There are countless other Garage Bands, from the famous (13th Floor Elevators, The Chocolate Watch Band, The Remains), to the not so famous (The Dovers, The Choir, Randy Alvey and Green Fuz), the latter of which are collected on Volume 2 of the original Pebbles collection, a kind of lesser known cousin of the ubiquitous Nuggets. There is some crossover to be sure: the Dovers’, What Am I Going to Do, and the Choir’s, It’s Cold Outside. These two tracks stand out, but neither of them are what one would call garage punk. Which brings me, rather late in the game, to defining my terms.

There is garage, garage-rock, and garage-punk. I don’t think I need to get embroiled in the etymological beginnings concerning cheap Montgomery Ward guitars and suburban garages, but there are some subtle differences within this stratified genre. Garage and garage-rock are kind of similar umbrella terms that take into account a host of initial sixties bands whose aesthetic is generally marked by a degree of amateurish production, especially when compared with more popular groups. (This conceit is mainly an American one. Simply put, because of the relative smallness of the United Kingdom and it’s cultural fertility, their garage-style bands generally recorded on top of the line equipment and in nice studios. In America though, you hear stories of storefronts and a producer recording on a single microphone, which is pointed at a band as it plays). So within this garage umbrella you have bands that wrote primarily pop songs, like The Choir, The Dovers, and The Knickerbockers, and then there are bands that exemplify the idea of garage-punk—a subgenre that is marked by a certain rawness, which exposes itself both lyrically (sexuality, nihilism) and musically (fuzzy, guitar driven, sometimes quick tempoed, sometimes slow and sexual). The band that is probably most associated with garage-punk, is the Sonics, a band that was recorded about as poorly as anyone this side of Hasil Adkins, but still managed to become supremely influential.

I have went on way too long, but I’d like to highlight some standout tracks on Volume 2 of the Pebbles collection, one of which is The Road’s, frenetic and fuzz guitar-driven, You Rub Me The Wrong Way—which is built on a shameless rip-off of The Contours Do You Love Me (Now That I Can Dance). Another song of note is the strange and creepy Green Fuz by Randy Alvey and Green Fuz, which sounds eerily like Kurt Cobain, a hopelessly out of tune guitar and maybe a percussionist working on the bottom of a trash can, where, as it were, it sounds like the song was recorded. But if you, like me have an affinity for terrible and rotten amateur home recording, it will surely satisfy.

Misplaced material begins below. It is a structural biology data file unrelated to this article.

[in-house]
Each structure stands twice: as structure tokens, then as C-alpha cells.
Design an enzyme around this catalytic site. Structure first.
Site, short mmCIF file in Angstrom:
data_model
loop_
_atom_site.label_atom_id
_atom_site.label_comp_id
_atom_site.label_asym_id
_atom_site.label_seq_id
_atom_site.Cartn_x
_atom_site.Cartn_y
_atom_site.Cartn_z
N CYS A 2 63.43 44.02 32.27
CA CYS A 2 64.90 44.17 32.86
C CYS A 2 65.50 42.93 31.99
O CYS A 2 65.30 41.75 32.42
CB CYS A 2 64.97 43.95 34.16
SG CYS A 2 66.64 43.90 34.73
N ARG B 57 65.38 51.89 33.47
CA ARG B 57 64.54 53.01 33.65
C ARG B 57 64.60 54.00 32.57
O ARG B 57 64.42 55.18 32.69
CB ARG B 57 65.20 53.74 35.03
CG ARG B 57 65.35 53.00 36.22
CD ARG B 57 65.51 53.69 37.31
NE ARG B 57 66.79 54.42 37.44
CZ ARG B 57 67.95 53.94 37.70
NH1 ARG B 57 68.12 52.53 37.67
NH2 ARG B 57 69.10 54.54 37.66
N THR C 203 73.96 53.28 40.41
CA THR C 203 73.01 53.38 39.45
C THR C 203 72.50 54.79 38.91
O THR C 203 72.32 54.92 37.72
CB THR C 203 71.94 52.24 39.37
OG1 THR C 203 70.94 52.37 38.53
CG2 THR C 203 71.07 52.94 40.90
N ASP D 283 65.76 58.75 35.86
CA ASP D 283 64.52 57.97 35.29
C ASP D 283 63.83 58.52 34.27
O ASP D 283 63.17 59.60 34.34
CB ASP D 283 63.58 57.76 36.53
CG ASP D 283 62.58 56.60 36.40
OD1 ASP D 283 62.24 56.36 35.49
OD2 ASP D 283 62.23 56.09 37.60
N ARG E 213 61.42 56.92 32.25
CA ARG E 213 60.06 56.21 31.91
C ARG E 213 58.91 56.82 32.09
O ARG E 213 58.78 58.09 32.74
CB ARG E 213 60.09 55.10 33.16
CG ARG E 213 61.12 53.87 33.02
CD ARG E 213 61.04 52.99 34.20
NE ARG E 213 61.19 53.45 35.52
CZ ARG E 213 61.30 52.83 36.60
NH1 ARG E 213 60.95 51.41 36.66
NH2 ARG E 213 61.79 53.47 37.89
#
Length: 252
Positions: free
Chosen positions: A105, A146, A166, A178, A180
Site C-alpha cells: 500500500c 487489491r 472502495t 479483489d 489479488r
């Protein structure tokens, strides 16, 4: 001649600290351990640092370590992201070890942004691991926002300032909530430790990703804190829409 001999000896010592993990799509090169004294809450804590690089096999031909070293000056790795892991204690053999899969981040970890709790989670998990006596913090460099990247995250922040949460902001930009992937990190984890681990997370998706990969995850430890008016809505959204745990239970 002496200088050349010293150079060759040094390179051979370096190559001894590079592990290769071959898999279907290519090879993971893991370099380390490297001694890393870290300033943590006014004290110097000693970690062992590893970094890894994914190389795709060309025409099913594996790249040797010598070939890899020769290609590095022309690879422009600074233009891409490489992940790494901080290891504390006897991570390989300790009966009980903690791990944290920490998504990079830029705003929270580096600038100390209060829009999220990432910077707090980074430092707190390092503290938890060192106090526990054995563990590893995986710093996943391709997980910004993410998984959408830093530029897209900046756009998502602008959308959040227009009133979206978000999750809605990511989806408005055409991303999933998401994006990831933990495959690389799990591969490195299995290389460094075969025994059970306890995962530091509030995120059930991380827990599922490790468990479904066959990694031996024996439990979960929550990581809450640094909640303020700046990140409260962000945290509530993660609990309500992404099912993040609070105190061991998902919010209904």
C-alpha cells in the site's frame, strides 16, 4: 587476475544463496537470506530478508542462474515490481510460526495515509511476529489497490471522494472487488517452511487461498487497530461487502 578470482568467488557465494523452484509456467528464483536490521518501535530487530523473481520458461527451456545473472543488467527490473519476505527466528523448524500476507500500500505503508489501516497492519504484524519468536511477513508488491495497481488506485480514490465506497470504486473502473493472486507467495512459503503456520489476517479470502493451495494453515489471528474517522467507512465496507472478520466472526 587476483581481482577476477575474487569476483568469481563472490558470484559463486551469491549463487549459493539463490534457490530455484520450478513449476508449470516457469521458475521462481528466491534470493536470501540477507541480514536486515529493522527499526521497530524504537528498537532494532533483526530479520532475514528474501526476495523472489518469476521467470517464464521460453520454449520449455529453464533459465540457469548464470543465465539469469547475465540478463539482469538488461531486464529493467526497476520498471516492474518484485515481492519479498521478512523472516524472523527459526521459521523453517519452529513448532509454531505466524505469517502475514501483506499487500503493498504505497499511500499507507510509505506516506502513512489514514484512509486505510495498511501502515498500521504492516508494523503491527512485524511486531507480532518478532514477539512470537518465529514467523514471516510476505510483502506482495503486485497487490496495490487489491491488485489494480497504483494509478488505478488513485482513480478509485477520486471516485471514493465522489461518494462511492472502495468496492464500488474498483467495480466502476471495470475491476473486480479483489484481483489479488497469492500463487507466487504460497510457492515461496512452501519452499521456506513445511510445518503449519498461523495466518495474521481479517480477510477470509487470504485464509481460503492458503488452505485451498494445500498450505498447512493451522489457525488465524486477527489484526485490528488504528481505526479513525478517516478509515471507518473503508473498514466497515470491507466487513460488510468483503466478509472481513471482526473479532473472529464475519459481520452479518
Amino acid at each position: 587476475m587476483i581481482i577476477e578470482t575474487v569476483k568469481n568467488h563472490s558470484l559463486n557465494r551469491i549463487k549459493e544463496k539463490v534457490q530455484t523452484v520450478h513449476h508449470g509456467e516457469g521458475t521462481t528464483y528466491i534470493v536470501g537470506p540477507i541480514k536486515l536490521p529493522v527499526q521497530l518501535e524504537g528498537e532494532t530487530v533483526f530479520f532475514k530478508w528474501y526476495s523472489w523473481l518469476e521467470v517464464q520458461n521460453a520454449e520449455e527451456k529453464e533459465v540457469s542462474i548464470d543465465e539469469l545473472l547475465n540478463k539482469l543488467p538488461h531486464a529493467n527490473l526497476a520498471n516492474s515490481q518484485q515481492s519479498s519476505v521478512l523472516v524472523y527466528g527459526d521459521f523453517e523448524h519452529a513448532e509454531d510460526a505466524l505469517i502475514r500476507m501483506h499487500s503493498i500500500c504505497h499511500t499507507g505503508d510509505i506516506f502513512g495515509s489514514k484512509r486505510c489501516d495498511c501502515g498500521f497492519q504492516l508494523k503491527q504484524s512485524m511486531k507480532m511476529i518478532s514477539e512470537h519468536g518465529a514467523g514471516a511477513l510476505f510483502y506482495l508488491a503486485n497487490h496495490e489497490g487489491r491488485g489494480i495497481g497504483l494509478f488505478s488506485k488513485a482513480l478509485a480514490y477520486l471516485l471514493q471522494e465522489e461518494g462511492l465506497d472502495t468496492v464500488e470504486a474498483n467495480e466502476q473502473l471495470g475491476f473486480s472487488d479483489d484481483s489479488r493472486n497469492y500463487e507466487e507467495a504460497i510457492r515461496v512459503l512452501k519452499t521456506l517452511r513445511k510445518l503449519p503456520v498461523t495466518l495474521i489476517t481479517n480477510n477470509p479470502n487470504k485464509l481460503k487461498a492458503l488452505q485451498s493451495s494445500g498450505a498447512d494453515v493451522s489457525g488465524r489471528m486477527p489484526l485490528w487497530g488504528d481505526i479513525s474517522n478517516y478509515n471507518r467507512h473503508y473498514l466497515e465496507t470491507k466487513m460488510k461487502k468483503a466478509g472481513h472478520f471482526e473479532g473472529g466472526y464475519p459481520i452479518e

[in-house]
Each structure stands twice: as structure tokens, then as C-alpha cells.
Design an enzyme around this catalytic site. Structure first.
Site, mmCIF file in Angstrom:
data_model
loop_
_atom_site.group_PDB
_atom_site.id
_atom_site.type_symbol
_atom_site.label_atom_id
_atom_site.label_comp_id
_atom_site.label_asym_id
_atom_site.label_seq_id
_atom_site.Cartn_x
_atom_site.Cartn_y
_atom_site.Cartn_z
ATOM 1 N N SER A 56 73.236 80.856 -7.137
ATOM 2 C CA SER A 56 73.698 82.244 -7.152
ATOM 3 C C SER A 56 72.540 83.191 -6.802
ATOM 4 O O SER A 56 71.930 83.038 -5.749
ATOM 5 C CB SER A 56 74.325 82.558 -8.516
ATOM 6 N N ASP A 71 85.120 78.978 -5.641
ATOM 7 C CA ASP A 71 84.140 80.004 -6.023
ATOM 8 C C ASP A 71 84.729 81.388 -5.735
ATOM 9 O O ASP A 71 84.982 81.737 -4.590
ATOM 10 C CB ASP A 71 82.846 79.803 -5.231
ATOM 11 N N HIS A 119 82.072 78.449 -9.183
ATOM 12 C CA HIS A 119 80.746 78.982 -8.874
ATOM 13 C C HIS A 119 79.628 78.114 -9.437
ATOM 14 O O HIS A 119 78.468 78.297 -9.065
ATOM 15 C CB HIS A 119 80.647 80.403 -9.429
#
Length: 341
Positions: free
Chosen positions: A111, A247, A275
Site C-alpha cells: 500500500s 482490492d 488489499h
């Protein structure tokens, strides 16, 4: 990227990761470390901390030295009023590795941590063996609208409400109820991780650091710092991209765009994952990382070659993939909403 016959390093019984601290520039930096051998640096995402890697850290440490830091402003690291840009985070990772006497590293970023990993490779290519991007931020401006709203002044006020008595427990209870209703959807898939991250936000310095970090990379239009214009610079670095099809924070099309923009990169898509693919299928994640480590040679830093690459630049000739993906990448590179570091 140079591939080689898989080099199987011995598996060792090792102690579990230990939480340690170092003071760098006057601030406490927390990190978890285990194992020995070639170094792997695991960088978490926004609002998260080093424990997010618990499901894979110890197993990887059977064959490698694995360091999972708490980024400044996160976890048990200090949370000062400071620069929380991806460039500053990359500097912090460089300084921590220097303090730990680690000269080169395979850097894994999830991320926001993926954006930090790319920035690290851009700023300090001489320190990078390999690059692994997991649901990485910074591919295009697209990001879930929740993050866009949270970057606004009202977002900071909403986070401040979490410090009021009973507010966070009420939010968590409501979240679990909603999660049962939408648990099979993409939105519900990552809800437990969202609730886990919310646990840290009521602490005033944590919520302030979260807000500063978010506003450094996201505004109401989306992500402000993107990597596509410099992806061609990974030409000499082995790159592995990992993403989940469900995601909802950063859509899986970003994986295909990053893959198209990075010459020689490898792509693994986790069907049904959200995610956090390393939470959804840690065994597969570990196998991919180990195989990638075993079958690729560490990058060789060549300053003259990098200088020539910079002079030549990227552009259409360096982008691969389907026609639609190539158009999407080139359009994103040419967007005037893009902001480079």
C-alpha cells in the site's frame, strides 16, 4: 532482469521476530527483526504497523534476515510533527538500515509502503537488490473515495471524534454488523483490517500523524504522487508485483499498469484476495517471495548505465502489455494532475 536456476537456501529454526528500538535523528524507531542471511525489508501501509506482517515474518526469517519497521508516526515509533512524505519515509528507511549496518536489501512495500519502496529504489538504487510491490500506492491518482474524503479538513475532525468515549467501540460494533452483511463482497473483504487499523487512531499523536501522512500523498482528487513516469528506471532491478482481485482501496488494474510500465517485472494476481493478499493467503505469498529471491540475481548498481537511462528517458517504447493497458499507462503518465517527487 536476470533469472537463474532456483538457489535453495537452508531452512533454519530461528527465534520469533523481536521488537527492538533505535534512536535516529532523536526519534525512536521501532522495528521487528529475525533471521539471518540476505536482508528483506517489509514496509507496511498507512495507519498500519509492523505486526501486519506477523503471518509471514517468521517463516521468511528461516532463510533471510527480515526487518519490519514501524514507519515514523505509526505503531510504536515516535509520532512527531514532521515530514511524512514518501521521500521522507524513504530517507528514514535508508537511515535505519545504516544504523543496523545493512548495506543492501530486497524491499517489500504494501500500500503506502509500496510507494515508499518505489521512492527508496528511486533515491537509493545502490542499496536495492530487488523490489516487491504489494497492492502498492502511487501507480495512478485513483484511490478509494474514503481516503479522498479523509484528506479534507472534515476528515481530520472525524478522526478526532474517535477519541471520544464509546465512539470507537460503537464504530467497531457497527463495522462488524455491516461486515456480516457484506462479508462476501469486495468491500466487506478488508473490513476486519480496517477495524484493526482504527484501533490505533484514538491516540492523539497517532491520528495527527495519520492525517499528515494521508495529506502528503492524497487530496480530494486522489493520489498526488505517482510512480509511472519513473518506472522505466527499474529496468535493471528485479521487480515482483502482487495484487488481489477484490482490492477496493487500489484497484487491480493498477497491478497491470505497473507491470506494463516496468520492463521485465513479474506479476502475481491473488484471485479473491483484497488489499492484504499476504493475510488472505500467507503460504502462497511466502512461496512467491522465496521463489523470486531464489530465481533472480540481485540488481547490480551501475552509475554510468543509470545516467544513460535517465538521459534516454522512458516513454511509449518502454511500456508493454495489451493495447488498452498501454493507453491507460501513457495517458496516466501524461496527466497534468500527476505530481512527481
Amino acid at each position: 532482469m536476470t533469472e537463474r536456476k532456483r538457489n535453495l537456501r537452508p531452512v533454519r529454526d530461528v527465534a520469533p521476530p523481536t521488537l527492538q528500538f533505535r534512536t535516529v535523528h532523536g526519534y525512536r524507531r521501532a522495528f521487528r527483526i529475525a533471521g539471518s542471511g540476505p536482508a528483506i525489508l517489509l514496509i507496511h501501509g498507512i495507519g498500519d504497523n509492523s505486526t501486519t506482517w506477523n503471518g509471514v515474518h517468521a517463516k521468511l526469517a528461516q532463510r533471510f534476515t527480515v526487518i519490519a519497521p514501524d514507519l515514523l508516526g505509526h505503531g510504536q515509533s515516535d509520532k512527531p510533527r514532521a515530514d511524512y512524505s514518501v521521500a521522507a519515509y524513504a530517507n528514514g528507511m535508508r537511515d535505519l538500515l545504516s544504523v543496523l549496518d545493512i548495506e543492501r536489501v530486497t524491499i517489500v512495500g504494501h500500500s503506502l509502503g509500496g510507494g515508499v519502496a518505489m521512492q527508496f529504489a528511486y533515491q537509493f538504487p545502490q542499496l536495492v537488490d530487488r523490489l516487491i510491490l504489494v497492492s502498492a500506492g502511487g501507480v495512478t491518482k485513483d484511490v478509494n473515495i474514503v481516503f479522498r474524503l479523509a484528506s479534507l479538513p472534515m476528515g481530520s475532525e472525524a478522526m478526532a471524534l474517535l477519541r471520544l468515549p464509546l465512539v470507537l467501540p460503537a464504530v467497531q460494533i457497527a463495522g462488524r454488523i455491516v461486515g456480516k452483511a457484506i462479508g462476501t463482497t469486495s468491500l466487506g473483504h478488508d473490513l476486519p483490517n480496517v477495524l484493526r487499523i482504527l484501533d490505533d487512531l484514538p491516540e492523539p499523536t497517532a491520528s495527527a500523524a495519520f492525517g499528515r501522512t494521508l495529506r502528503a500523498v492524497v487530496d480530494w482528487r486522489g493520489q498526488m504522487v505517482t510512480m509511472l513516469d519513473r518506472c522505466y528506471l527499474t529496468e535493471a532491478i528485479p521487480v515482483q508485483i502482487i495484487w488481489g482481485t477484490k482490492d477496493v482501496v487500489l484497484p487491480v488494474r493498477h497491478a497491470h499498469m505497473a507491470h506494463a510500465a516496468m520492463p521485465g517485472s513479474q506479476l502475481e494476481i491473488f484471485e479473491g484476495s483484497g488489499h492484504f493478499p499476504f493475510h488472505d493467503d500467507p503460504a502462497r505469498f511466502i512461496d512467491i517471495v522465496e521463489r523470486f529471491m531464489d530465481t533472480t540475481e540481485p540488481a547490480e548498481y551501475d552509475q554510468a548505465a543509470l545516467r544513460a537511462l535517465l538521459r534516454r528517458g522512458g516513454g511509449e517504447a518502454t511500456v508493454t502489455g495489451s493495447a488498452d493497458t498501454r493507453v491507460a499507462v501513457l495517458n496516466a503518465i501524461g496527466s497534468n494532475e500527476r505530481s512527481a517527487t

Go to this link to get a look at the Shadows of Knight ca. sometime in the recent past:


Garage (proto and otherwise)-side
1. The Shadows of Knight-Bad Little Woman
2. Them-Gloria
3. Charlie Feathers-Rain
4. Eddie Cochrane-She’s Something Else
5. The Flamin’ Groovies-Jumpin’ in the Night
6. The Rumors-Hold Me Now
7. The Sonics-Have Love Will Travel
8. The Gants-Wonder
9. The Remains-But I Ain’t Got You
10. The Road-You Rub Me the Wrong Way
11. The Barracudas-I Can’t Pretend
12. The Lyres-She Pays the Rent
13. The Chesterfield Kings-Stop
14. The Droogs-Ahead of My Time
15. The Gories-Thunderbird ESQ
16. Alex Chilton-She’s the One That’s Got it
17. The Monarchs-Hit That Bitch
18. Holly Golightly-For All This
19. Thee Headcoats-Darling Let’s Have Another Baby
20. Spacemen 3-Hey Man